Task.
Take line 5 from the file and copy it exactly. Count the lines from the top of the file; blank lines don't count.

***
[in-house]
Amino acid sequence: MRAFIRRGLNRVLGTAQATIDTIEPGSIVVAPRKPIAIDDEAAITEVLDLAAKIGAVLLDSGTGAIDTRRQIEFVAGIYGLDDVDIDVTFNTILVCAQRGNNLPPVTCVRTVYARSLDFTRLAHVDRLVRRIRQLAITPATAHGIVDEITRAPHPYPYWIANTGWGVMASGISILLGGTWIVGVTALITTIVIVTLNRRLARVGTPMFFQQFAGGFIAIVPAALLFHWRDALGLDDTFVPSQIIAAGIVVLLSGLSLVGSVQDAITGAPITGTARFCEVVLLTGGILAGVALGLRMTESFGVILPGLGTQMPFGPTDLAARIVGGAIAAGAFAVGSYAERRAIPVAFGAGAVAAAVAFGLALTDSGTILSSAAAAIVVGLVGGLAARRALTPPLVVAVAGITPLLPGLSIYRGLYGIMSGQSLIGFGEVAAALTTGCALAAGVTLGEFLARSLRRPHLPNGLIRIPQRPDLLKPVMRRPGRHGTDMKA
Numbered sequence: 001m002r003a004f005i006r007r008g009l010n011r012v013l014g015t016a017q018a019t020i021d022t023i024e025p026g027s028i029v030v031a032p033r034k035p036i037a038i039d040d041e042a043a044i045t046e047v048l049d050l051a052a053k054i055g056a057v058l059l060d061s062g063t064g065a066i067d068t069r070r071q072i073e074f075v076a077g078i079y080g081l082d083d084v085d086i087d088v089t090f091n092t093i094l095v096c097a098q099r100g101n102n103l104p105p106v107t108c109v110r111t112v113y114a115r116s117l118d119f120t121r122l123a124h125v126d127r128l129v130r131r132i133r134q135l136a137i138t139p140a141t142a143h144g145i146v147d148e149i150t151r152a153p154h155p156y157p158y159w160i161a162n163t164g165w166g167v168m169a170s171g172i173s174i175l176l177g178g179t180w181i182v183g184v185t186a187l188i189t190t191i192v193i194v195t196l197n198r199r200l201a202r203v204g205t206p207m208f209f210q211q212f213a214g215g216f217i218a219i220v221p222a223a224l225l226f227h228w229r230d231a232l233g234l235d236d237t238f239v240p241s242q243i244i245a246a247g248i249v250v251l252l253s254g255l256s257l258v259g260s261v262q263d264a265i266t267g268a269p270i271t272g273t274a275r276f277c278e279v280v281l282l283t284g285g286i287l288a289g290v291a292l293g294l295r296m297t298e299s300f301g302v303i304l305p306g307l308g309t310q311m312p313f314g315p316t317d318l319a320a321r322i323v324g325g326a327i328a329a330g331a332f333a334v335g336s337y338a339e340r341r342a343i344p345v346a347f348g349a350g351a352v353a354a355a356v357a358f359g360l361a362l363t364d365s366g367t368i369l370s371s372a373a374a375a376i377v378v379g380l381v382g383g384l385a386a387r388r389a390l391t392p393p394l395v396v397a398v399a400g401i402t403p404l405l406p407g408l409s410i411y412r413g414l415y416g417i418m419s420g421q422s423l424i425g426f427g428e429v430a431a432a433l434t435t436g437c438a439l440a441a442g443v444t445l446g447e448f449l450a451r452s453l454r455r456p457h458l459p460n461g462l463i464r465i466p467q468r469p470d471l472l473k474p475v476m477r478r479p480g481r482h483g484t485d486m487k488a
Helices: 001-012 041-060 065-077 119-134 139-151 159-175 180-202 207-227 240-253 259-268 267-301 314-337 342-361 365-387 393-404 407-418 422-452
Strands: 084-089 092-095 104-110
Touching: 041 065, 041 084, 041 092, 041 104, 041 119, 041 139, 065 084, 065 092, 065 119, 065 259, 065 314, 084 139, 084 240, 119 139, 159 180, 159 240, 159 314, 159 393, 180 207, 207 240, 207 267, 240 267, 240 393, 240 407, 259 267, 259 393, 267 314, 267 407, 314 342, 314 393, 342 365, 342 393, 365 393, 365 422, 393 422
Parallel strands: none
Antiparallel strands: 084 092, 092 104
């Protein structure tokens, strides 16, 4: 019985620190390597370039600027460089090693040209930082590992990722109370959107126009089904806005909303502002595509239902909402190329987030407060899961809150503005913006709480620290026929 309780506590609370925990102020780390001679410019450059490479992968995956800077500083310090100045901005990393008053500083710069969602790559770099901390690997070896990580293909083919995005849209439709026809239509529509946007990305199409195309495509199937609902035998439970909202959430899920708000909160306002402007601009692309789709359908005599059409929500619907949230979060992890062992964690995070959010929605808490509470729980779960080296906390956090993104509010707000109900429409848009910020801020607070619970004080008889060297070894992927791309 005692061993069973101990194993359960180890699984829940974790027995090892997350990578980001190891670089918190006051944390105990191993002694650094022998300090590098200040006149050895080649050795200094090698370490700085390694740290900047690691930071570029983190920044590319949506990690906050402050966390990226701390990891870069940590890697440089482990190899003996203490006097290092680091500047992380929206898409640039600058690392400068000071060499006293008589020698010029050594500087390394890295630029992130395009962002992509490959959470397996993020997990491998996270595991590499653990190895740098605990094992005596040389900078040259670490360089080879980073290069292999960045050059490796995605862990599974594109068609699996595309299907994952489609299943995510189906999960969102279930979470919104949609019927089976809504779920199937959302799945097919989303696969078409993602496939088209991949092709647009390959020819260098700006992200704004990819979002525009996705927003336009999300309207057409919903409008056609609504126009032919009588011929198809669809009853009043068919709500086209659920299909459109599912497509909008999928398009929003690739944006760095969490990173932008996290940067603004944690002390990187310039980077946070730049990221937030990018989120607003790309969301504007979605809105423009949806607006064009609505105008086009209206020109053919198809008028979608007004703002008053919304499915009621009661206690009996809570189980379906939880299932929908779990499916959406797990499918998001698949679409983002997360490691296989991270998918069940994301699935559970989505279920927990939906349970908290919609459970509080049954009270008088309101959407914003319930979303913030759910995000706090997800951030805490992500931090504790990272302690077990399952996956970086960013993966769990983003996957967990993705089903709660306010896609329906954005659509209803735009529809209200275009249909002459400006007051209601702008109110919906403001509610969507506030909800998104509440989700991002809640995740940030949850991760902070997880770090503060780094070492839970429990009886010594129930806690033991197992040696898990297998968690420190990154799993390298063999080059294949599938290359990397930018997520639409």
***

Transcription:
Strands: 084-089 092-095 104-110